Pharma takes Wi-Fi targeting to the doctor's office to reach waiting patients on their smartphones

girls on smartphones
Wi-Fi targeting could soon send pharma advertising to patients on their smartphones in waiting rooms in a digital remaster of point-of-care marketing. (Pexels)

Checking your phone at the doctor’s office? Don’t be surprised if you get an ad for a drug you can talk to your doctor about. Data-as-a-service provider Semcasting is using IP address targeting to serve messages to patients’ smartphones while they’re waiting at appointments.

In a campaign beginning next week for an unnamed PCSK9 inhibitor, for instance, thousands of cardiologists’ offices in Semcasting’s Wi-Fi “Smart Zones” will send messages to waiting room patients. People who log into the Wi-Fi network—and opt in for ads—to browse the web, read news or even play app games like Candy Crush will be served banner messages suggesting that they have a conversation about the particular PCSK9 brand with their doctor. The aggregated cardiology offices in the campaign have an average 21 minutes of waiting time Wi-Fi use, said Matthew Hedberg, Semcasting's VP and general manager of professional services.

While he declined to name the brand, only two PCSK9 inhibitors are currently on the market: Amgen’s Repatha and Regeneron and Sanofi’s Praluent. The two brands have battled not only each other but also payers. Praluent most recently slashed its list price by 60% in February to match the $5,850 that Amgen had cut Repatha to in October.

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While Semcasting specifically cordons off the Wi-Fi data collected around doctors' offices, hospitals and other healthcare centers for privacy and compliance, it can use some of the data, such as average time spent on Wi-Fi, to evaluate whether a campaign would likely be effective in a particular area. It can then put together Wi-Fi delivery programs for pharma and healthcare clients to deliver to desired office locations. On the back end of the campaign, healthcare analytics firms like Crossix do comparative analysis and result reporting on things like prescriptions written.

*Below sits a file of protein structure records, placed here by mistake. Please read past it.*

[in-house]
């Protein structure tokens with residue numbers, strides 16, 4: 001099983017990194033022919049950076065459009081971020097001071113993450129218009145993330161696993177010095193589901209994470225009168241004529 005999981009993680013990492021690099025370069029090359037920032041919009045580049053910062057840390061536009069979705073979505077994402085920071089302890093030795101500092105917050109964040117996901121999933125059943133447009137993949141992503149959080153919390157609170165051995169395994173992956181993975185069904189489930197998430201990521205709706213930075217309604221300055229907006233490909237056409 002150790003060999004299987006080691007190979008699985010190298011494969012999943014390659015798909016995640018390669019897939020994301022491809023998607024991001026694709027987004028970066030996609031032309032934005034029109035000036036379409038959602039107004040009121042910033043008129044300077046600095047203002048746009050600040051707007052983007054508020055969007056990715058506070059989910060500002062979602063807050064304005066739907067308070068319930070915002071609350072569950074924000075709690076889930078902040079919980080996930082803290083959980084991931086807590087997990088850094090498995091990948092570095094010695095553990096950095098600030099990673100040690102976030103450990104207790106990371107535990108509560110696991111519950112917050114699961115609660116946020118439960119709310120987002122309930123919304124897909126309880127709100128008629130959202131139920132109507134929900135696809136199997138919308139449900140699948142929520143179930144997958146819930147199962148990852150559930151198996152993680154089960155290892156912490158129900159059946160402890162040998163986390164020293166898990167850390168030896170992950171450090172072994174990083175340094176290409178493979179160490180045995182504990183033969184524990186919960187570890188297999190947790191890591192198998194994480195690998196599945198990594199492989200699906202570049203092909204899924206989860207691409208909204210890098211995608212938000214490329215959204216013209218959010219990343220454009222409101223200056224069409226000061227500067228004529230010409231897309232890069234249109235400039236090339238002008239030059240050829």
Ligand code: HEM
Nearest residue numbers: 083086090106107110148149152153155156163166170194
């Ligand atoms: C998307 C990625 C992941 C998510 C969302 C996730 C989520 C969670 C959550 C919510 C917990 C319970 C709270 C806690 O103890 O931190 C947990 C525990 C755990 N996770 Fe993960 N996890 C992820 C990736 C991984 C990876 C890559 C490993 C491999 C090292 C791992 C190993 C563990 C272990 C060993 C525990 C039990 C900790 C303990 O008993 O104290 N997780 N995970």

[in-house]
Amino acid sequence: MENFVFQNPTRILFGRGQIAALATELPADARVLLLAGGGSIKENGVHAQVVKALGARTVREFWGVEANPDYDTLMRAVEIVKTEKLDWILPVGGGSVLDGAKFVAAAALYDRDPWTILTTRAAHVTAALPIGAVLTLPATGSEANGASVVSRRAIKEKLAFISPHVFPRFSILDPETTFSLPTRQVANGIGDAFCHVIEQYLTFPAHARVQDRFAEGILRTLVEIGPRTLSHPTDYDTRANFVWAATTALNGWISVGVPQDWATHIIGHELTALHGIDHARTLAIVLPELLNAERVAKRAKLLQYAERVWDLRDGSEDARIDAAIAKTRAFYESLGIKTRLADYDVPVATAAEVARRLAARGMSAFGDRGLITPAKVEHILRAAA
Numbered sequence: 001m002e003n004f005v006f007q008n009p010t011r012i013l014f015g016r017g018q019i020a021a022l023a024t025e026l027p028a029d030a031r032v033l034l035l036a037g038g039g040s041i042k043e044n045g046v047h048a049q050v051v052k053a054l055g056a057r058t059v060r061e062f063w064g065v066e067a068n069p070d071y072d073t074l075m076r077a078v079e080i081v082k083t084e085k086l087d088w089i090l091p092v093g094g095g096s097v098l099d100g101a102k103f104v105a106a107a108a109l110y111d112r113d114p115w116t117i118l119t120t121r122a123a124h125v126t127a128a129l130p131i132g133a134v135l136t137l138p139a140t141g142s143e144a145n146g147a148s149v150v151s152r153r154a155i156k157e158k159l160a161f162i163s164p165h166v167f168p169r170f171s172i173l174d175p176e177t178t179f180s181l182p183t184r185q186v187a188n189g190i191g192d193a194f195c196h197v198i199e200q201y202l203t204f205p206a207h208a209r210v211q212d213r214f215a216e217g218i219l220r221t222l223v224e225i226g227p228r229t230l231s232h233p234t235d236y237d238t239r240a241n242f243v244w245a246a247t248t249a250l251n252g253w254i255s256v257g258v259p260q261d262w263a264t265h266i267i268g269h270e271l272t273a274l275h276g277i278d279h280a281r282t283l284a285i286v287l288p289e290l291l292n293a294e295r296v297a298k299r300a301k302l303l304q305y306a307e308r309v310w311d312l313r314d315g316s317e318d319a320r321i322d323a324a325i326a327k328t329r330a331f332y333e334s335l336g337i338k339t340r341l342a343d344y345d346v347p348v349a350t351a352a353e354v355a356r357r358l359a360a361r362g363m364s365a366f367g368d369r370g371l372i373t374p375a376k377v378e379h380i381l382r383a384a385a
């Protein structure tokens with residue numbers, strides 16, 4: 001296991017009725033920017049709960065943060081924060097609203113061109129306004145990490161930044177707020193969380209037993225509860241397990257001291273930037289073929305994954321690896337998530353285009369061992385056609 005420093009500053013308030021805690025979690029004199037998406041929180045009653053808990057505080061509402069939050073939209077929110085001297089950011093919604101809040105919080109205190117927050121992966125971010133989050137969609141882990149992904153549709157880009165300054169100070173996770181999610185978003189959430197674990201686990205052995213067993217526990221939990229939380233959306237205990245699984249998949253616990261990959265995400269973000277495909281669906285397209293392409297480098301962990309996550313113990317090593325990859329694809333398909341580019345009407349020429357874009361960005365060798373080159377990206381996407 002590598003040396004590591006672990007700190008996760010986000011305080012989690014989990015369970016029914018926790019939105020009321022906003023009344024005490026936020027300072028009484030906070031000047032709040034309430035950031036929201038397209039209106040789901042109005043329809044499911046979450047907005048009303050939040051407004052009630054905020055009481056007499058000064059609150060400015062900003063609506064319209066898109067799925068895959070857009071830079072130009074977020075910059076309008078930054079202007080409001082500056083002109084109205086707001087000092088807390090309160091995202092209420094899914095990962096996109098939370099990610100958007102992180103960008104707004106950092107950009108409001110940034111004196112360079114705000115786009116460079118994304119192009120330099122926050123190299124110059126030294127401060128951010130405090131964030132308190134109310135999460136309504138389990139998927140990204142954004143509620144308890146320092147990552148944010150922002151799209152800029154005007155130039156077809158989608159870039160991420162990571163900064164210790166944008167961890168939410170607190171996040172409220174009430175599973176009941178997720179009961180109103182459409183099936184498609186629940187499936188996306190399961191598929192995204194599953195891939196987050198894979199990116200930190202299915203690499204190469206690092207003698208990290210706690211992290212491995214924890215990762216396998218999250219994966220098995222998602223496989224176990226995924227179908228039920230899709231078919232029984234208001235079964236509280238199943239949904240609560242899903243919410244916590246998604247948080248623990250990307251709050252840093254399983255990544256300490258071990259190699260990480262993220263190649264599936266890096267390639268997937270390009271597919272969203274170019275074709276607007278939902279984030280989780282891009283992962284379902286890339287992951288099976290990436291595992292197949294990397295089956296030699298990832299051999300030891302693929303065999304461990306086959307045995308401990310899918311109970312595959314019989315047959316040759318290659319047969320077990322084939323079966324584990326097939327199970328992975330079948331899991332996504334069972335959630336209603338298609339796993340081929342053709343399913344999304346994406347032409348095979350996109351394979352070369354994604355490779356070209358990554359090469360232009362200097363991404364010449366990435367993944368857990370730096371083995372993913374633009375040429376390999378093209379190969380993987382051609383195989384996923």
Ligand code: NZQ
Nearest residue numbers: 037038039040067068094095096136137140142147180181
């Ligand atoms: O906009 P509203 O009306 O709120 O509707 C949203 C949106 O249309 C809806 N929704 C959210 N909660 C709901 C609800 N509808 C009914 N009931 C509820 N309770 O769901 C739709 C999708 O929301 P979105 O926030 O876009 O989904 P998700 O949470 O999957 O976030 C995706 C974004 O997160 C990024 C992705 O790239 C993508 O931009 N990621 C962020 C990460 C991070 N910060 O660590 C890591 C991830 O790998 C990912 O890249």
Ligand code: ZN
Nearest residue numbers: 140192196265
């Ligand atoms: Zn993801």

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“There are incredible inefficiencies in delivering messaging to patients when they’re in the point of care setting,” Hedberg said. “Most of that revolves around the difficulty and cost of setting up physical displays in various offices, permissions required from the offices, delivering the materials, auditing the materials, taking down those materials and of course, the cost of production."

Digital delivery removes that hassle as well as expense, and per Semcasting, also delivers results. On average, campaigns result in a 1.5x increase in sales and a 10% halo brand effect, which is in line with a traditional POC campaign, Hedberg said.

RELATED: Sanofi, Regeneron score a Praluent boost—and Repatha equalizer—with new CV nod

Previous clients include an OTC pediatric drug, an acute migraine drug company and a pharma involved in rare disorders of lymphoma, he said, with 10 pharma and healthcare campaigns done since 2018 and five more in the works before the end of the year.

Editor's note: A quote in this story was edited for clarity.

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